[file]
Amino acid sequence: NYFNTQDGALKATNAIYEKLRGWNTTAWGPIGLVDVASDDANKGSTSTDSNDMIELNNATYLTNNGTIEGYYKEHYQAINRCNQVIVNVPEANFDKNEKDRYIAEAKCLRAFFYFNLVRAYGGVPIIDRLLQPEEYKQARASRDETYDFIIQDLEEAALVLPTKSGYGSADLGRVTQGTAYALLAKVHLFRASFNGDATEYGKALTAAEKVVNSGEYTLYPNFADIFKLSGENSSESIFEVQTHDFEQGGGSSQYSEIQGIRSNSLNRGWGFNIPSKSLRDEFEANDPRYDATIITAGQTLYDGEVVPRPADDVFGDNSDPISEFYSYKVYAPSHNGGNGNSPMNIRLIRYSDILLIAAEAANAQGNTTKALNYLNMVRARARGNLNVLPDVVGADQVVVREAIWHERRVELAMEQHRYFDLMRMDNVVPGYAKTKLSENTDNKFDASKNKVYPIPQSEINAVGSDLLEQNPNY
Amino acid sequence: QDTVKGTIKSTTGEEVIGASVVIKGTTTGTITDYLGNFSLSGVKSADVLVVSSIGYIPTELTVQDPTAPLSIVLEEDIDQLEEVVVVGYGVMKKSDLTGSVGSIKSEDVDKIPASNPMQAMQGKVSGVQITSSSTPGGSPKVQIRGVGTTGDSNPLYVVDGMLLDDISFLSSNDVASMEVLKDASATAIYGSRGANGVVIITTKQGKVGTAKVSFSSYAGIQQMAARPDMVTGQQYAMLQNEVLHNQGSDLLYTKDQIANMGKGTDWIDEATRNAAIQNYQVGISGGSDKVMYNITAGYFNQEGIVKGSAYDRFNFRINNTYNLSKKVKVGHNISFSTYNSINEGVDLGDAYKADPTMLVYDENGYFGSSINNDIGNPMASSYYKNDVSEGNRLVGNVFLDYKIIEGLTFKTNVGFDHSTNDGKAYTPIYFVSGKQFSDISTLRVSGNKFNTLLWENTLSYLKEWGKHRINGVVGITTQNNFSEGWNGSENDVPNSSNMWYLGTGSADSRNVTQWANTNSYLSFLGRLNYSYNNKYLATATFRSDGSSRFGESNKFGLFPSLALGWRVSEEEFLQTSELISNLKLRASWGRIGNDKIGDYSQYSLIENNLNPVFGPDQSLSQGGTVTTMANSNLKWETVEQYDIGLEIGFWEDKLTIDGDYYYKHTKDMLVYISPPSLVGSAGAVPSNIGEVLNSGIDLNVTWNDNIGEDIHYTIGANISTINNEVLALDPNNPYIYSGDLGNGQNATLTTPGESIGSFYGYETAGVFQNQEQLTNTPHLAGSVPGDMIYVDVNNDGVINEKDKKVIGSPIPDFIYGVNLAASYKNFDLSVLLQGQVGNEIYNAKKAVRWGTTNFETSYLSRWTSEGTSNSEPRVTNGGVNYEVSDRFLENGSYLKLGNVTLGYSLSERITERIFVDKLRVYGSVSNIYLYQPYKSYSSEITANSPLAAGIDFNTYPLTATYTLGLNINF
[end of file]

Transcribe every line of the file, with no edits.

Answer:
Amino acid sequence: NYFNTQDGALKATNAIYEKLRGWNTTAWGPIGLVDVASDDANKGSTSTDSNDMIELNNATYLTNNGTIEGYYKEHYQAINRCNQVIVNVPEANFDKNEKDRYIAEAKCLRAFFYFNLVRAYGGVPIIDRLLQPEEYKQARASRDETYDFIIQDLEEAALVLPTKSGYGSADLGRVTQGTAYALLAKVHLFRASFNGDATEYGKALTAAEKVVNSGEYTLYPNFADIFKLSGENSSESIFEVQTHDFEQGGGSSQYSEIQGIRSNSLNRGWGFNIPSKSLRDEFEANDPRYDATIITAGQTLYDGEVVPRPADDVFGDNSDPISEFYSYKVYAPSHNGGNGNSPMNIRLIRYSDILLIAAEAANAQGNTTKALNYLNMVRARARGNLNVLPDVVGADQVVVREAIWHERRVELAMEQHRYFDLMRMDNVVPGYAKTKLSENTDNKFDASKNKVYPIPQSEINAVGSDLLEQNPNY
Amino acid sequence: QDTVKGTIKSTTGEEVIGASVVIKGTTTGTITDYLGNFSLSGVKSADVLVVSSIGYIPTELTVQDPTAPLSIVLEEDIDQLEEVVVVGYGVMKKSDLTGSVGSIKSEDVDKIPASNPMQAMQGKVSGVQITSSSTPGGSPKVQIRGVGTTGDSNPLYVVDGMLLDDISFLSSNDVASMEVLKDASATAIYGSRGANGVVIITTKQGKVGTAKVSFSSYAGIQQMAARPDMVTGQQYAMLQNEVLHNQGSDLLYTKDQIANMGKGTDWIDEATRNAAIQNYQVGISGGSDKVMYNITAGYFNQEGIVKGSAYDRFNFRINNTYNLSKKVKVGHNISFSTYNSINEGVDLGDAYKADPTMLVYDENGYFGSSINNDIGNPMASSYYKNDVSEGNRLVGNVFLDYKIIEGLTFKTNVGFDHSTNDGKAYTPIYFVSGKQFSDISTLRVSGNKFNTLLWENTLSYLKEWGKHRINGVVGITTQNNFSEGWNGSENDVPNSSNMWYLGTGSADSRNVTQWANTNSYLSFLGRLNYSYNNKYLATATFRSDGSSRFGESNKFGLFPSLALGWRVSEEEFLQTSELISNLKLRASWGRIGNDKIGDYSQYSLIENNLNPVFGPDQSLSQGGTVTTMANSNLKWETVEQYDIGLEIGFWEDKLTIDGDYYYKHTKDMLVYISPPSLVGSAGAVPSNIGEVLNSGIDLNVTWNDNIGEDIHYTIGANISTINNEVLALDPNNPYIYSGDLGNGQNATLTTPGESIGSFYGYETAGVFQNQEQLTNTPHLAGSVPGDMIYVDVNNDGVINEKDKKVIGSPIPDFIYGVNLAASYKNFDLSVLLQGQVGNEIYNAKKAVRWGTTNFETSYLSRWTSEGTSNSEPRVTNGGVNYEVSDRFLENGSYLKLGNVTLGYSLSERITERIFVDKLRVYGSVSNIYLYQPYKSYSSEITANSPLAAGIDFNTYPLTATYTLGLNINF